Swamiye Sharanam Ayyappa – this is the chant every Lord Ayyappa devotee utters, especially on pilgrimage to Sabarimala, on the Western Ghats of Kerala, India, the abode of the Lord Ayyappa. He is revered by most Hindus of South India. He is believed to be the son of Shiva (God of destruction) and Mohini – the female avatar of Vishnu (preserver and protector of the universe). Any devotee undertaking pilgrimage to Sabarimala is expected wear a Rudraksha chain, observe 40 days of fasting, penance and continence, walk barefoot, wear black dress, etc.
Another name of Lord Ayyappa is Sastha which means Buddha. Buddhism is believed to have entered in Kerala by 3rd Century BC. The constant and repeated chants, especially the word Sharanam is that of the Buddhists. The chain the pilgrims wear comes from the Rudraksha chain of the Shaivites. The strict fasting, penance and continence is taken out of the beliefs of the Vaishnavites. Ahimsa is taken from the Jains.
Myth has it that the King of Pandalam, childless, got a baby from the forest and took him to his palace and called him Manikantan. Later, the Queen delivered a baby and the she wanted the adopted son to be thrown out. Conniving with the Minister, the Queen pretended to be ill with the royal doctor prescribing Tigress’ milk as cure. Manikantan was tasked to procure Tigress’ milk from the forest. Knowing the intent of Manikantan’s visit, the King of the Gods, Indra, transfigured into a Tigress. Manikantan climbed on top of the tigress and led the way back to the Palace. Manikantan pardoned everyone who plotted against him and nominated his younger brother to the throne.
He then took the King to the forest , blazed an arrow toward a hill and asked the King to construct a shrine for him where the arrow landed. He also requested his father to come annually to visit him at the shrine.
It is believed that the Pandalam Royal Family are descendants of the Pandya dynasty of Madurai, Thamizh Nadu. The Pandya King fled to Kerala after losing the battle against Malik Khafer, General of Delhi Sultan Alauddin Khilji and settled in Pandalam in 1202 AD.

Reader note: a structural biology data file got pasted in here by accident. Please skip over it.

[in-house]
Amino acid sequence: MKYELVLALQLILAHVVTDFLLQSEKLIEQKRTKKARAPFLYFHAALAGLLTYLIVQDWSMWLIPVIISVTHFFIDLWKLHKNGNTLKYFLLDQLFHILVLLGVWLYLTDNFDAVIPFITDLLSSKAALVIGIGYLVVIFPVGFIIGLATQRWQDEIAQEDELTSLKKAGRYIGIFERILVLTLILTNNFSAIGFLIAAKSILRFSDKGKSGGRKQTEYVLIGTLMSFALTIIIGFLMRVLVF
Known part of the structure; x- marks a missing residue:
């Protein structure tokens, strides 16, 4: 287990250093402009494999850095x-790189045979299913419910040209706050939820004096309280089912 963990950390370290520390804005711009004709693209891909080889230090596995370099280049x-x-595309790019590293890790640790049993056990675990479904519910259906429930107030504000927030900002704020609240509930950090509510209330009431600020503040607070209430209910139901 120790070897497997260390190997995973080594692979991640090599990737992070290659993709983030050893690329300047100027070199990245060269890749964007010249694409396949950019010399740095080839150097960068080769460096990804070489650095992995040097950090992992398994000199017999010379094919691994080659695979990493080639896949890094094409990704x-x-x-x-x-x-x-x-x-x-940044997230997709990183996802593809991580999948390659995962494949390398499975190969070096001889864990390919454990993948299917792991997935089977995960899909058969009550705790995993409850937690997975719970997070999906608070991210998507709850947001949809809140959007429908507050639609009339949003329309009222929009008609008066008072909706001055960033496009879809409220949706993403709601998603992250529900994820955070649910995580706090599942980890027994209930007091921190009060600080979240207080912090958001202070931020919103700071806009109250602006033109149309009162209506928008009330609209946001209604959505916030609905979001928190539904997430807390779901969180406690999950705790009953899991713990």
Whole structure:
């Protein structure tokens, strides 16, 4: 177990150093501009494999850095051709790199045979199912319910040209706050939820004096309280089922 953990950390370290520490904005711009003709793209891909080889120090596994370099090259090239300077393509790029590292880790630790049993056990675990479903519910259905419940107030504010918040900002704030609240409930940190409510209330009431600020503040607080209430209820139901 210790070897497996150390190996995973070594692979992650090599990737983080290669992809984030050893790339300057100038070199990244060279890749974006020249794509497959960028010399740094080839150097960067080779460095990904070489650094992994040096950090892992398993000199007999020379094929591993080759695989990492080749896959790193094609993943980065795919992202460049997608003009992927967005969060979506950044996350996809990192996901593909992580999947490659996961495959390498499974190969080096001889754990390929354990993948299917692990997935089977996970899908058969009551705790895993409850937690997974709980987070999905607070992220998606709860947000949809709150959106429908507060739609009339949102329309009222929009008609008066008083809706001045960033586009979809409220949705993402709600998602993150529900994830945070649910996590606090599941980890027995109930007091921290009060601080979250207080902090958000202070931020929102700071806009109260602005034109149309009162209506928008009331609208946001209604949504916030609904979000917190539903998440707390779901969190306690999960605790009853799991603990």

There is an Islamic angle also to the belief in Lord Ayyappa. Vavar, a Muslim forest brigand was shown the path of righteousness by Lord Ayyappa and he became the trusted lieutenant of the Lord. When Lord Ayyappa took to his abode at the hilltop of Sabarimala, Vavar took up his position at the foothills in a Mosque at Erumeli. Ayyappa devotees on pilgrimage first pay their respects to Vavar at the mosque before undertaking the trek uphill to the Temple.
What is the significance of Lord Ayyappa to me, a Syrian Orthodox Christian and an Indian Army Veteran?
In December 1982, I was commissioned as a Second Lieutenant to 75 Medium Regiment of Artillery. A regiment in Artillery is divided into three gun Batteries. A Battery operates six guns, manned by about 150 soldiers. The Regiment then had an interesting class composition. One battery was of Brahmins (other than those from the Southern and Eastern States of India), the second had Jats and the third was manned by the soldiers from the four Southern States. In those days, any Young Officer posted to the Regiment would serve with each of the batteries for one or two years in order to make them familiarise with the soldiers. I too went through this rotation beginning with the Brahmins, then with the South Indians and then with the Jats. On promotion to the Rank of Major, I took over command of the Brahmin Battery with Major Joginder Singh, a Sikh, commanding the South Indian Battery.
The War Cry of the South Indian Battery was ‘Swamiye Sharanam Ayyappa.’ It is believed to have been introduced by Captain AN Suryanarayanan, who was the Adjutant of the Regiment in the early days of the Regiment. He later rose to command the Regiment and is now a Veteran Brigadier.
‘Sawmiye Sharanam Ayyappa’ reverberated on the battlefield when the Regiment saw action during 1971 Indo-Pak war during the Battle of Basantar River. Our Regiment was honoured with the Honour Title ‘Basantar River’ based on the Regiment’s performance in war.
Lord Ayyappa is a warrior deity and is revered for his ascetic devotion to Dharma – the ethical and right way of living, to deploy his military genius and daring yogic war abilities to destroy those who are powerful but unethical, abusive and arbitrary. Hence ‘Swamiye Sharanam Ayyappa’ is an apt Regimental Battle Cry. We said it loudly before we undertook any mission, before commencement of engaging the enemy with our guns, while on training, while on the playing fields, at any competitions, and so on; why it reverberated whenever we got together, while in service or post retirement.
Our Regiment might be the only Indian Army entity to have the War Cry ‘Swamiye Sharanam Ayyappa.’ Hindus, Sikhs, Christians, Muslims, Jains, Parsis – irrespective of our religious faiths, we all cried out loud ‘Swamiye Sharanam Ayyappa.’